Right on the heels of MSNBC's Pot Barons of Colorado comes CNBC's Marijuana Country: The Cannabis Boom, the follow-up to last year's Marijuana in America: Colorado Pot Rush.
Harry Smith returns to the Centennial State a year after recreational marijuana sales began there. He visits with many of the same "barons" MSNBC portrayed in its six-part series, like Medicine Man. "We're not a bunch of stoners sitting around in tie-dyed t-shirts smoking pot," Sally Vander Veer annoyingly reminds. "This is a pure American industry." She pretty much told the same thing to MSNBC. Her brother Andy Williams' unbridled pursuit of money is equally grating (his mantra is "We want to be the Costco of marijuana").
Smith takes a detour to a black market grower/seller, who has a medical license and considers his exchanges donations, not sales. Illegal purchases run "a third of the cost" compared to legal ones in licensed stores.
Colorado AG John Suthers says, "The black market starts at a very basic level. People going in, buying it legally, walking out and selling it illegally - that's how the kids are getting it. Thirty-eight percent of kids that have marijuana tells us they get it from somebody who bought it legally. The truly large black market is the extent to which we're becoming the supplier of marijuana in states where it's illegal. So we are the black market for Nebraska, Wyoming, Utah and apparently up to 40 other states that have indicated to us we've seized Colorado packaged marijuana…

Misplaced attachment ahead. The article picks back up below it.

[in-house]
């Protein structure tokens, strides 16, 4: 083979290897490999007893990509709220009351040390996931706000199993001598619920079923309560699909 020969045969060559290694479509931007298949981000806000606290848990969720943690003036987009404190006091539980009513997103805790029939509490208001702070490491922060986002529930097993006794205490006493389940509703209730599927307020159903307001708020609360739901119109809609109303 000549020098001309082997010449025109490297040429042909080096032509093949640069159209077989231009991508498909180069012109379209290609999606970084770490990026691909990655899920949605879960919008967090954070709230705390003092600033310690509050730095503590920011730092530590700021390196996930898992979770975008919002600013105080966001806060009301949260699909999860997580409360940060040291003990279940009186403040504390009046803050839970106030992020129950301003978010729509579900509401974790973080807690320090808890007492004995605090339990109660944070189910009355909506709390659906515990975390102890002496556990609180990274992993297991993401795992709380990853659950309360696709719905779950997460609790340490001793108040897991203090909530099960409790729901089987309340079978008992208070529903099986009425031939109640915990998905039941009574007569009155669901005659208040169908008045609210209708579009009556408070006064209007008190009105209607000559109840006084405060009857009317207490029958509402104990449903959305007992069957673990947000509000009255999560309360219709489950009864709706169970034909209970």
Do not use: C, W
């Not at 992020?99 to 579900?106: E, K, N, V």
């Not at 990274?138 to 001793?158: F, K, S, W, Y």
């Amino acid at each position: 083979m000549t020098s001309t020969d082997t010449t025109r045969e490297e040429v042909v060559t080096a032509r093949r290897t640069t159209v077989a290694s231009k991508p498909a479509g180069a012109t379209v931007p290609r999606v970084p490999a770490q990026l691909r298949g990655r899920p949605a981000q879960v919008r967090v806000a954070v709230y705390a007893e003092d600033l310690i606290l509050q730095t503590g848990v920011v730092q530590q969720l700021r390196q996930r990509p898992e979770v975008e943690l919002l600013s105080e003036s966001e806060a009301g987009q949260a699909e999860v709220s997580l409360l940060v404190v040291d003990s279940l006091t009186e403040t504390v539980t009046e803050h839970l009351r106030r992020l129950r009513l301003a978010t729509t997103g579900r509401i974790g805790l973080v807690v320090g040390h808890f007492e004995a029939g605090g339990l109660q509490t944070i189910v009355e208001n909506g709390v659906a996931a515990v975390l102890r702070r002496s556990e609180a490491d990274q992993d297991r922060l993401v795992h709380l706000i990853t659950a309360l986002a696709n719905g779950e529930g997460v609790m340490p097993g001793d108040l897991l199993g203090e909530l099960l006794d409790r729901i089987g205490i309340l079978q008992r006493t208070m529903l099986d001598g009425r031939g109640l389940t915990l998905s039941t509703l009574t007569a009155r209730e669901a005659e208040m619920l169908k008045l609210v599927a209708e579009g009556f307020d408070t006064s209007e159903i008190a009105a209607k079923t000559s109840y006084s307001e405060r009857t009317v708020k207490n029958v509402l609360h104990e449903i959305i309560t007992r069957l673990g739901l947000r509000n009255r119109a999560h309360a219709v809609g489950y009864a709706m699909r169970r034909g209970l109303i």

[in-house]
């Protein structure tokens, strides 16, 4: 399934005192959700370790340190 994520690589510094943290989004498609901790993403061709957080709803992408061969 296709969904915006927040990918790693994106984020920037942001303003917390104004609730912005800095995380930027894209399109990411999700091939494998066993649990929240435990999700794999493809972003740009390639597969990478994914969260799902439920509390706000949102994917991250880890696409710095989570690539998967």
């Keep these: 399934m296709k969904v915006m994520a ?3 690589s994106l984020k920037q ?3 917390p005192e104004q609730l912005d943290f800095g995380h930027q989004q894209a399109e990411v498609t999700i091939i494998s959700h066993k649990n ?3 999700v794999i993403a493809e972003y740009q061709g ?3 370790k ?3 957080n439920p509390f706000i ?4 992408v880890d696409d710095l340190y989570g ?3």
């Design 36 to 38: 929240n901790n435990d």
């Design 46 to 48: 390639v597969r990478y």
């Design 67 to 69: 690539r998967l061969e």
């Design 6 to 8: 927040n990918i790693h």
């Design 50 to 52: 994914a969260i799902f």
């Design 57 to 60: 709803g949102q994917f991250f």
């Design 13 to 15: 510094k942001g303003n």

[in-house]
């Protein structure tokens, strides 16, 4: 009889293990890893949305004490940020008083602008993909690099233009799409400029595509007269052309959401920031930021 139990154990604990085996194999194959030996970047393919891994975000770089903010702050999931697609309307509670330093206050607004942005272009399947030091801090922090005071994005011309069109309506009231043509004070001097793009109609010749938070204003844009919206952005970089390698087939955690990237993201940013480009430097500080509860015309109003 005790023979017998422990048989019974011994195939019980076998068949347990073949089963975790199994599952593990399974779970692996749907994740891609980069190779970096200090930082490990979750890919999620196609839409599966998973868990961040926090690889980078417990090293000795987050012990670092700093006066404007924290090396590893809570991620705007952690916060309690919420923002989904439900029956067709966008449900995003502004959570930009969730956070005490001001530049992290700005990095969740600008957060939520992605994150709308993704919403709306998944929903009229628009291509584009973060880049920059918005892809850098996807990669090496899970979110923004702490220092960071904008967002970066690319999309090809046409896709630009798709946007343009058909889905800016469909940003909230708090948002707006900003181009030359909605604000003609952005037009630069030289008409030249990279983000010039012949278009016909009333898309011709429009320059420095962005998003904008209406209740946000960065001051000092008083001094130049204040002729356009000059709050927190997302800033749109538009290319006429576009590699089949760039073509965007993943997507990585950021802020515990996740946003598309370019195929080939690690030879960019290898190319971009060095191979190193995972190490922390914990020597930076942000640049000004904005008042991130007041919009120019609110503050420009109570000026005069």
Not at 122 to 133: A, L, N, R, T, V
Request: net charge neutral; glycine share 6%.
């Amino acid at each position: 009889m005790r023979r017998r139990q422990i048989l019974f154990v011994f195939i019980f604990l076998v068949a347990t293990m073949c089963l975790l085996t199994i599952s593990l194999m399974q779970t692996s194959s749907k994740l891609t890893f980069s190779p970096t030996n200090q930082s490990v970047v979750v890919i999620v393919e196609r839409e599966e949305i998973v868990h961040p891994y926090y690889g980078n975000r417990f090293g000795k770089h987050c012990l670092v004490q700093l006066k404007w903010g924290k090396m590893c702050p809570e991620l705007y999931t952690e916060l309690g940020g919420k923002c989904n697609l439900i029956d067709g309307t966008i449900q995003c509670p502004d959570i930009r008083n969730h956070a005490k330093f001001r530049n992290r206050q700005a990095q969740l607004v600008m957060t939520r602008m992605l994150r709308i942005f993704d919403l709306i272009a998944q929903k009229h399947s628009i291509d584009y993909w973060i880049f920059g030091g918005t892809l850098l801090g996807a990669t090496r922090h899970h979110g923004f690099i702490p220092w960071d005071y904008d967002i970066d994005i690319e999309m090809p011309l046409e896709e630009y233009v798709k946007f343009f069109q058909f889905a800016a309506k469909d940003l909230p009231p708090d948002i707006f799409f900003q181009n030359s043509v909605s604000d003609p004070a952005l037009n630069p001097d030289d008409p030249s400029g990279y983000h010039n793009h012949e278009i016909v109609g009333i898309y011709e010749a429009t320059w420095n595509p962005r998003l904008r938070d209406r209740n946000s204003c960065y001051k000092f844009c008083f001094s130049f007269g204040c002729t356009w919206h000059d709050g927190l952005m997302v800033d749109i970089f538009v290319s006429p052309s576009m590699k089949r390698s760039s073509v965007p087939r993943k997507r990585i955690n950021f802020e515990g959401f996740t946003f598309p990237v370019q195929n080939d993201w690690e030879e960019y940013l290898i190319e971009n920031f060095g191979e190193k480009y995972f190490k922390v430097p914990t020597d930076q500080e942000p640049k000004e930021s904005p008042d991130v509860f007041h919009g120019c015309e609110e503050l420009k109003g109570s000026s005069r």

'Are we eliminating the criminal element? I'm not too sure. There's no indication that the presence of the cartels in Colorado has been reduced.'
Smith traces two families' journeys to Colorado from Texas and New Jersey in search of high-CBD oil for their kids who suffer from seizures. Both were on a waiting list for "Charlotte's Web" from the Stanley Brothers at the hefty price of $10,000 for a month's supply. Denver Health Hospital is currently studying the effect of CBD on children. "We're medical refugees," Jenny Storm explains.
Smith's edibles segment (see clip below) covers familiar Pot Barons territory, with Incredibles owner Bob Eschino declaring, "Edibles now are safer than they've ever been," and Dixie Brands CEO Chuck Smith insisting, "We are the iconic brand." He also interviews a University of Colorado Hospital toxicologist about the effects of eating marijuana.
Smith saves the most significant segment for next to last: about Brandon Coates, the handicapped Dish Network employee who was fired for testing positive for marijuana, leading to an ongoing court case. "I was under the impression that we had passed a law and we had made it legal," Coates says.
The biggest problem with Marijuana Country is the overlap with Pot Barons and Sanjay Gupta's Weed specials. But Smith is fair and unbiased, and appears to lean towards the legalization side.